Wyoming family birds New York City

Bartow-Pell Mansion Museum

Find out more about the Bartow-Pell Mansion Museum, http://bartowpellmansionmuseum.org/.

Published July 12, 2001, in the Wyoming Tribune Eagle, “Some summer ponderings.”

2014 Update: Advances in technology mean we can find birding hotspots through www.eBird.org, and find out what birds people see there at the time of year we want to visit.

By Barb Gorges

I think I can pinpoint when summer weather finally reached Cheyenne. One week shorts seemed too chilly to wear and the trees were trying to leaf out again after the frost.

By the end of the next week, after being away only five days, I found everything sun fried, and the hallmark of the high plains summer, the late day thunderstorm, was again a firmly entrenched pattern.

At the beginning of the five-day interlude, when we stepped out of La Guardia Airport, rain had left New York City surprisingly cool and sweet.

But by the time one of my brothers-in-law, Peter, took us on a little expedition two mornings later before reporting to the funeral home, it was sizzling again.

Peter showed us the Bartow-Pell Mansion in Pelham Bay Park, in the northeast corner of the Bronx.

Mr. Pell bought the land from the Indians. However, a couple years later, in 1654, the first governor of New York felt it necessary to grant him title. The present house was built 180 years later by a descendant.

Like something out of Masterpiece Theater, the lawn rolled out behind the granite edifice in a series of terraces (one with a fountain) surrounded by a garden wall. A wrought iron gate and arch at the bottom framed a view of woods.

Peter, the brother who migrated farthest from New York, to Alaska, has an exploratory streak. After we perused the herb garden, he said there was this really neat trail from which you could see a swamp.

So we settled Aunt Dorothy in the shade of a huge yew and entered a summer jungle like those I remember from my Midwestern childhood: Same nearly impenetrable green humidity, same brambles scratching bare arms and legs, same stealth mosquitoes, whose bites take a few hours to reach and sustain their greatest potency, and same spider webs sticking to my sweaty face.

There was lots of music in the tree tops but the singers were all hidden–except a cardinal performing an aria from the top of a large dead tree.

The morning before, we Wyomingites tried to find a sanctuary up near Croton-on-Hudson which was listed on the Saw Mill River Audubon Society web site.

We would have missed the small sign buried in the roadside vegetation if we hadn’t at that moment pulled over to let traffic pass.

A man driving heavy equipment said the gravel road was washed out further up and we’d have to approach from somewhere else in the trail system.

I was thinking we could maybe negotiate the washout anyway, but then I remembered we had a rental car and not our pseudo-four-wheel-drive van.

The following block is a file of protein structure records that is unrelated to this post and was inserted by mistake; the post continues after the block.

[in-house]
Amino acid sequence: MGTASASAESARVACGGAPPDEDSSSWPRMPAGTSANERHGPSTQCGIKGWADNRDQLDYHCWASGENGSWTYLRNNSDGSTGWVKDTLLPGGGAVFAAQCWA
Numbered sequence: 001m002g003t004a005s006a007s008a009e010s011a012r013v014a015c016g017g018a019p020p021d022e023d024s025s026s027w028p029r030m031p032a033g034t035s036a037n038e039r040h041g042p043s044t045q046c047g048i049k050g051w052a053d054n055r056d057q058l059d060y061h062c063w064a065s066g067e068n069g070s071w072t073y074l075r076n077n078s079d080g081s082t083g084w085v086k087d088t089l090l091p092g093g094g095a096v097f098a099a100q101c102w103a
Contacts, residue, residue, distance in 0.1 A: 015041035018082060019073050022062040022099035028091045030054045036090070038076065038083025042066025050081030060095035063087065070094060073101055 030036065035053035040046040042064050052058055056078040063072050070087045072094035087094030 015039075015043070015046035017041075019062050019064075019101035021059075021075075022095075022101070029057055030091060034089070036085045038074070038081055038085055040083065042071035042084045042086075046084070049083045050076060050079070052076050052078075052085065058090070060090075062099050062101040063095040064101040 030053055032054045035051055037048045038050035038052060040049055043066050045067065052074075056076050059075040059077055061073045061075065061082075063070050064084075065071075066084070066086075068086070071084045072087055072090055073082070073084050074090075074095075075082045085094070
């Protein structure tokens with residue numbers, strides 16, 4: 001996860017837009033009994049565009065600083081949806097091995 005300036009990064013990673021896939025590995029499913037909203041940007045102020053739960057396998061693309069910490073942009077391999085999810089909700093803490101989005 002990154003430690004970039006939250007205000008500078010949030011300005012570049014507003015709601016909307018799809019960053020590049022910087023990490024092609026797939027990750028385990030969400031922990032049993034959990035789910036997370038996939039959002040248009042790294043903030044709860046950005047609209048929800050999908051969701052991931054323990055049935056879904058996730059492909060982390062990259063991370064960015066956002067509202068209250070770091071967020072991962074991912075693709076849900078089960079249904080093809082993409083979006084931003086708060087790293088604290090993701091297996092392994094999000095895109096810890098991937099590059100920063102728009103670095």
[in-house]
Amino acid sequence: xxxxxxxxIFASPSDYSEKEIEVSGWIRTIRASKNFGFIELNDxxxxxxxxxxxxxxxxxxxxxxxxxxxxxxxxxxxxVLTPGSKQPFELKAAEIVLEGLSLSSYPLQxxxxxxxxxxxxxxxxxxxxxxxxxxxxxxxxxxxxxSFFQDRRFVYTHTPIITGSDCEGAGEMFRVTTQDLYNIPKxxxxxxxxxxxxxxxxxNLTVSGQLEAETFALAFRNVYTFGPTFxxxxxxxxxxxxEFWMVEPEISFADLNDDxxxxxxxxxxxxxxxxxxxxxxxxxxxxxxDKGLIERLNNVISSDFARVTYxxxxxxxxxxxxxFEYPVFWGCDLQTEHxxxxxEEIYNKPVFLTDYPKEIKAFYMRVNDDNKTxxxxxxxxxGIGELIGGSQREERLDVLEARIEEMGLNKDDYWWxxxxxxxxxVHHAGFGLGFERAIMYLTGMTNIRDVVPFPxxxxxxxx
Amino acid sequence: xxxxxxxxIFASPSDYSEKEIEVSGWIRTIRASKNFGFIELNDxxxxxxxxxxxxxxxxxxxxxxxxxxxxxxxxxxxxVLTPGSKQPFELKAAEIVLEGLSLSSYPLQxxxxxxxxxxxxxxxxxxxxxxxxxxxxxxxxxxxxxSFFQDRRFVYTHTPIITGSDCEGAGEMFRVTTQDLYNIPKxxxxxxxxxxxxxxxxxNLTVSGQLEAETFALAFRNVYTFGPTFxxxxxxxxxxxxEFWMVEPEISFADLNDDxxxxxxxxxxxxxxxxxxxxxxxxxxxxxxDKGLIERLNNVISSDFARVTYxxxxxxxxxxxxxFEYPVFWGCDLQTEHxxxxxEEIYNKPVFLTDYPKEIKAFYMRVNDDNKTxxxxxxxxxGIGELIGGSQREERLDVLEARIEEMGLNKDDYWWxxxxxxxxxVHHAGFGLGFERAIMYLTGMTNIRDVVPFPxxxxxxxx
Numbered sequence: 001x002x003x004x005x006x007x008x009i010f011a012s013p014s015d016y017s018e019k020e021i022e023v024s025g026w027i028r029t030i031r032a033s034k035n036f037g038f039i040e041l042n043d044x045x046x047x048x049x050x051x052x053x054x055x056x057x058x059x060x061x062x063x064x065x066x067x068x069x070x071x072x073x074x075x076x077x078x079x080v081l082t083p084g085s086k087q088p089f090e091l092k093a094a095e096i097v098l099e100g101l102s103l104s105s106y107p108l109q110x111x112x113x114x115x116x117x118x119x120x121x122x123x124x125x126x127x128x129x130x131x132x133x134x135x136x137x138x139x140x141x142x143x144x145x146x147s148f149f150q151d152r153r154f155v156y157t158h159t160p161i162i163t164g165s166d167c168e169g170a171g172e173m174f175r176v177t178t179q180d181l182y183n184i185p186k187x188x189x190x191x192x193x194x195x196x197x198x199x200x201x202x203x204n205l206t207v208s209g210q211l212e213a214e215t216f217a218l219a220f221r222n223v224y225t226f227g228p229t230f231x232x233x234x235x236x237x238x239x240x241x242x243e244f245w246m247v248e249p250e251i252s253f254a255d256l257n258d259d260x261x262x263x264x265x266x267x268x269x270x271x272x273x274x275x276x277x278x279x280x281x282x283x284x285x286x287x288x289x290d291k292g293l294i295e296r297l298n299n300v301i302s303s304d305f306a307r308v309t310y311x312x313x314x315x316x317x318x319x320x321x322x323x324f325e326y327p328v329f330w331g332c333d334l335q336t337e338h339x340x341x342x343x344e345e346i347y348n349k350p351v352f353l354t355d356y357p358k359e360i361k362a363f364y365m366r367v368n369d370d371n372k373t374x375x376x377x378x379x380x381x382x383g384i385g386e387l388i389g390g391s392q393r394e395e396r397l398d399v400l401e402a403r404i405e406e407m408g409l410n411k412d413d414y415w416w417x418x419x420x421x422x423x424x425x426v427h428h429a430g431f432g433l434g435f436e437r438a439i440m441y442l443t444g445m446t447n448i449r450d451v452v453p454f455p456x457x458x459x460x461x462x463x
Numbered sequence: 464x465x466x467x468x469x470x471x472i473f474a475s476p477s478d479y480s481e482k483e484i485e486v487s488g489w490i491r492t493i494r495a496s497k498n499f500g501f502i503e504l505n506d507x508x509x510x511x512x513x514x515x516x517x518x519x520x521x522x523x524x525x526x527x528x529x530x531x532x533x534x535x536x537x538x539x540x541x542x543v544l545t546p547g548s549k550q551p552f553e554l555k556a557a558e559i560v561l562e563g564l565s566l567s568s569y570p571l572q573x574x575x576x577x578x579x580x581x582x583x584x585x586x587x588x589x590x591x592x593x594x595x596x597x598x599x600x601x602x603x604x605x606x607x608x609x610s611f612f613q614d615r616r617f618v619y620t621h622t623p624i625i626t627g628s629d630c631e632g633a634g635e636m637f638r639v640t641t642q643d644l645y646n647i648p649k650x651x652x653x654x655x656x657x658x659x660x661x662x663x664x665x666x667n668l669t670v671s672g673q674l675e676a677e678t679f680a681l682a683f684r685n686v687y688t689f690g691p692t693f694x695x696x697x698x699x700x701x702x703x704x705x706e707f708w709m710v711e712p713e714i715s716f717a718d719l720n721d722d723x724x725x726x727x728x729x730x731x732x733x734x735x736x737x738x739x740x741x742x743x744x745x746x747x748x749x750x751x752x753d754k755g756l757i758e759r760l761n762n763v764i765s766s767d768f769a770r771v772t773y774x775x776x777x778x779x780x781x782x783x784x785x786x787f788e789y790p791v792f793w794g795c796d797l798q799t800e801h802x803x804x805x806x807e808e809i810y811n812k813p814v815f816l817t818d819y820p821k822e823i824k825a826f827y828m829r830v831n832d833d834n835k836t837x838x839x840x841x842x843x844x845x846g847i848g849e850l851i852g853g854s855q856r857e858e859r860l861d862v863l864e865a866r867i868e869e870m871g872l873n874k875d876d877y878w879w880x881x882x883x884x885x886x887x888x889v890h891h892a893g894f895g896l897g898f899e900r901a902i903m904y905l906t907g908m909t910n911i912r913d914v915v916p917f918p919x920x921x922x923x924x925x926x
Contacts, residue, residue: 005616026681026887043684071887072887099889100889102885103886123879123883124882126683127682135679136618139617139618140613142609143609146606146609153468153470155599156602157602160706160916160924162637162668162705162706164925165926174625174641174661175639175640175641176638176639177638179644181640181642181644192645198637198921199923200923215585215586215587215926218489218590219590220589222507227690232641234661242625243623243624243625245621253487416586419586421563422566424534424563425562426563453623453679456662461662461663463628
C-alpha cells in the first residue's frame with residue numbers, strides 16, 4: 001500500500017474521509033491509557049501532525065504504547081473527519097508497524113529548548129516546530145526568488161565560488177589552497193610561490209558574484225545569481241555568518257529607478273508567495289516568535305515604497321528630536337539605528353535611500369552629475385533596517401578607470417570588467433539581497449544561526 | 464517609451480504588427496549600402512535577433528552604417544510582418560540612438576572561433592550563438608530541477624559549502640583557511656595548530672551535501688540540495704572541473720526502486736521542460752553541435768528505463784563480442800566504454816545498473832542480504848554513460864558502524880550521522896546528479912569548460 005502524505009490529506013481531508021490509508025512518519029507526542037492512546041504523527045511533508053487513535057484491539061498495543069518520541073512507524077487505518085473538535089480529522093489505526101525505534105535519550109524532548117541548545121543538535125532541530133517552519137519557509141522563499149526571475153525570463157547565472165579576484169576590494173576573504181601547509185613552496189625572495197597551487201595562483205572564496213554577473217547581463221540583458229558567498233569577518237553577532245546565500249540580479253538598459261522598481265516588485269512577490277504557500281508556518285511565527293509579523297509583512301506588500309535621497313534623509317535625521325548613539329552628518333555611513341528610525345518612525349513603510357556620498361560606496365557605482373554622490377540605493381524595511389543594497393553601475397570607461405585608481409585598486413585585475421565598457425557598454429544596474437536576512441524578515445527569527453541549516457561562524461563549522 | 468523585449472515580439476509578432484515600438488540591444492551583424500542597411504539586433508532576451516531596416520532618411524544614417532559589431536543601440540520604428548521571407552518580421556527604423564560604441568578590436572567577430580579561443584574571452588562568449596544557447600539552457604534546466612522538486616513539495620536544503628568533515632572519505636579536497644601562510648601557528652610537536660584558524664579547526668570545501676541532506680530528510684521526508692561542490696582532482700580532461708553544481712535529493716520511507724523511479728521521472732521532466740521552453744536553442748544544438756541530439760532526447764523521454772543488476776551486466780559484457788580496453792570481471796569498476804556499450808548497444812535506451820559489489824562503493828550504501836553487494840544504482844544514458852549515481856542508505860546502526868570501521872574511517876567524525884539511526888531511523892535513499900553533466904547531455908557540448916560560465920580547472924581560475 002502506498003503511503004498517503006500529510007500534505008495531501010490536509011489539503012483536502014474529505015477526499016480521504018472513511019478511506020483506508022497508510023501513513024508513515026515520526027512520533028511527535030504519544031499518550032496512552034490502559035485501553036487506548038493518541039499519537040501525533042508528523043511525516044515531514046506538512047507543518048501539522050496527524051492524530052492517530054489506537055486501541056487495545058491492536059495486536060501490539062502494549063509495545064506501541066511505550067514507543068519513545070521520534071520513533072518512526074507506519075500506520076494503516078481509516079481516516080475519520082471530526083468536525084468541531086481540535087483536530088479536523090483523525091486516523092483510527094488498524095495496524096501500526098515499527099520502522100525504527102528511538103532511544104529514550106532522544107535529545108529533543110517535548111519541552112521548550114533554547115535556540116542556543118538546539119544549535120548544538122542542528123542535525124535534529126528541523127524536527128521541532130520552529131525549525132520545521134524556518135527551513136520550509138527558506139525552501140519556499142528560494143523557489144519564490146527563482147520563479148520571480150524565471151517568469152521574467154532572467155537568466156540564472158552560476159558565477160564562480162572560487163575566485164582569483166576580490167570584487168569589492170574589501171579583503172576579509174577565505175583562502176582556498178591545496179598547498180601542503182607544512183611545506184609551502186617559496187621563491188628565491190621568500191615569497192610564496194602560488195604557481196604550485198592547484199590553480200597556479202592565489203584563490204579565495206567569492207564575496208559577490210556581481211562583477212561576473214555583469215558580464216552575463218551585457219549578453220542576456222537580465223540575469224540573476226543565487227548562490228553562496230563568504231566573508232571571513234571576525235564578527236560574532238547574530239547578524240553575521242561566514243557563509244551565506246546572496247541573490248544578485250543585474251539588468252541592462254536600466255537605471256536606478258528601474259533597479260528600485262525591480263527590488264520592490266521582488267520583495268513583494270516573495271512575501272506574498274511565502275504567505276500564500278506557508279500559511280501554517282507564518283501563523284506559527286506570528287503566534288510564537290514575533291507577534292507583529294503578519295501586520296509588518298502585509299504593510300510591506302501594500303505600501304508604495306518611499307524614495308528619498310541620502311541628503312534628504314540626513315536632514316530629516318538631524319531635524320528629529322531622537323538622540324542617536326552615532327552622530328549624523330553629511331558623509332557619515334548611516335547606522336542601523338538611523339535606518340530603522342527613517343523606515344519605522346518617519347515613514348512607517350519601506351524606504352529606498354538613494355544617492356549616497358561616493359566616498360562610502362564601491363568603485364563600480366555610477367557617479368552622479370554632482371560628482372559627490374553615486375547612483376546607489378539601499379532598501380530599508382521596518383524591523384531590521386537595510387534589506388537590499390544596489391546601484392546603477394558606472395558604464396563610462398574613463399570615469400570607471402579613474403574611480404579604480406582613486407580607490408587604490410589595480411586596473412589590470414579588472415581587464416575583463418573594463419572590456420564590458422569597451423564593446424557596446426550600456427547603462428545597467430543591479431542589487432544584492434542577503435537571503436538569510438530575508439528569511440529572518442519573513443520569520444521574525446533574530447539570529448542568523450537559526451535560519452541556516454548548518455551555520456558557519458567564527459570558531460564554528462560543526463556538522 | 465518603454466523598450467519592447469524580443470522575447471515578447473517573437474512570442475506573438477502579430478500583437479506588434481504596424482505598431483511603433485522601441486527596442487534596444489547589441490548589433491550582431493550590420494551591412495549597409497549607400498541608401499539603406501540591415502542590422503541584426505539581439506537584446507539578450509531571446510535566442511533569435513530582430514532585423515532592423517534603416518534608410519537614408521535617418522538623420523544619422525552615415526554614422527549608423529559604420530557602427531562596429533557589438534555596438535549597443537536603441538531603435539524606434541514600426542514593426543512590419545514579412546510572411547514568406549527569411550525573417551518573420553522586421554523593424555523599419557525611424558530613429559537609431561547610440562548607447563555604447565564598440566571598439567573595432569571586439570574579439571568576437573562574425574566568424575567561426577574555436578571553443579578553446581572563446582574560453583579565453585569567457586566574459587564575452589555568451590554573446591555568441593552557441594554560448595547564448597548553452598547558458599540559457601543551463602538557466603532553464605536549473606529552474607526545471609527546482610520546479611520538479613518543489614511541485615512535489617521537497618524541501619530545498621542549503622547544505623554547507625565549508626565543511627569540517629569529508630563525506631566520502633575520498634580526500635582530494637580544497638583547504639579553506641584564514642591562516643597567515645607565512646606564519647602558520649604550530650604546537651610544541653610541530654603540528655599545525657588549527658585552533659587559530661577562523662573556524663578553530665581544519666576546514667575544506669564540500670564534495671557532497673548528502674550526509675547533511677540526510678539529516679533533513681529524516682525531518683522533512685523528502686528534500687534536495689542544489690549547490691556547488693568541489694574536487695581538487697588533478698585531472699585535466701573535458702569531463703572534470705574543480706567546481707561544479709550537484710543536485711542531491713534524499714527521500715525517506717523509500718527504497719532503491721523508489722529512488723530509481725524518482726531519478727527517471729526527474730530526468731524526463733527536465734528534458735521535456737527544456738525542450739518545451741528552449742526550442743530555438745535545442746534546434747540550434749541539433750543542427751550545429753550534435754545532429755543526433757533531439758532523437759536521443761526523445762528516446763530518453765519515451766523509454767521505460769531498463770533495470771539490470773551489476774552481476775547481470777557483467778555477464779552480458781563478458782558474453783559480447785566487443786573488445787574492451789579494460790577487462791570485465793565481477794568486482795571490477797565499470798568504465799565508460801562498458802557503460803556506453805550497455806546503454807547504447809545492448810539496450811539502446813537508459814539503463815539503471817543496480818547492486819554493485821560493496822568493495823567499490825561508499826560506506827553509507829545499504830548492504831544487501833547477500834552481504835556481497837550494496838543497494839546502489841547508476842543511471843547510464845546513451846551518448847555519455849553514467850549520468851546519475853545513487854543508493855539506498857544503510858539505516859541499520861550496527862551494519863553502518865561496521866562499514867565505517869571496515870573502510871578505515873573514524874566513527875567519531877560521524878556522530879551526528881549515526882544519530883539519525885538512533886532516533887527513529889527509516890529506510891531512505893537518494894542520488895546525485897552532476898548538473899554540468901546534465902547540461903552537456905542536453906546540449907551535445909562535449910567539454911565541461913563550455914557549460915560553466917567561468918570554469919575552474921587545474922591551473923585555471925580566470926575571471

The recommended trail head turned out to be at the end of a road of exclusive new houses sprawled on a hill overlooking the Hudson River.     The road ended at the entrance to the country club, where we shared the tiny parking space with a limo, the driver snoring in the front seat. Was he waiting for a hiker to return?

But by then it was time to renegotiate Route 9 and get back to the Bronx for the wake.

Our last day in New York was the day of the funeral. We hiked up a sun-baked hillside to the grave site. As we crowded within the shade of a lone cedar tree for a few last words for my late mother-in-law, the cemetery workers waited for us in the shade of the woods at the top of the hill.

I would like to know if those woods are part of the cemetery or whether, when we come back, they will have been cleared for new houses.

Were the woods just the regrowth of land that was farmed 200 years ago? I’ve forgotten what it’s like to live in an ecosystem where if you don’t constantly plow or graze or pave, trees grow.

I got the window seat and a bird’s view of the landscape from Kansas City to Denver. The grid of fence lines and roads stretched as far as I could see.

Other than the occasional woodlot on the east end of the flight and sections of rangeland on the west, the plow marks were interrupted only by traces of green following streams.

How industrious we are. The cultivation of the Great Plains is so complete. If I were a migrating or grassland bird, I’d be in despair, forced to seek refuge in the feral growth under fences and along ditches, wondering how those blackbirds always seem to adapt.

And in view of having wasted too many too-large servings in New York City restaurants during our visit, I wonder, if we all put on our plates just what we needed to eat to maintain healthy weight, would there be a few more acres left over to restore to native landscapes?

Seasonal notes: You’ll be happy to know Mama Robin started her second clutch on the first of July. She built a new nest–away from our original window of observation–but right in view of another window, though I am limiting myself to only one or two looks a day.

Her spotted-breasted teenagers are busy picking ripe sand cherries in the backyard.

Meanwhile, hungry young grackles are still following their parents around, making horrible noises of woe and travail. The goldfinches are in fighting form and loudly proclaiming territorial rights as they finally begin their own breeding season.

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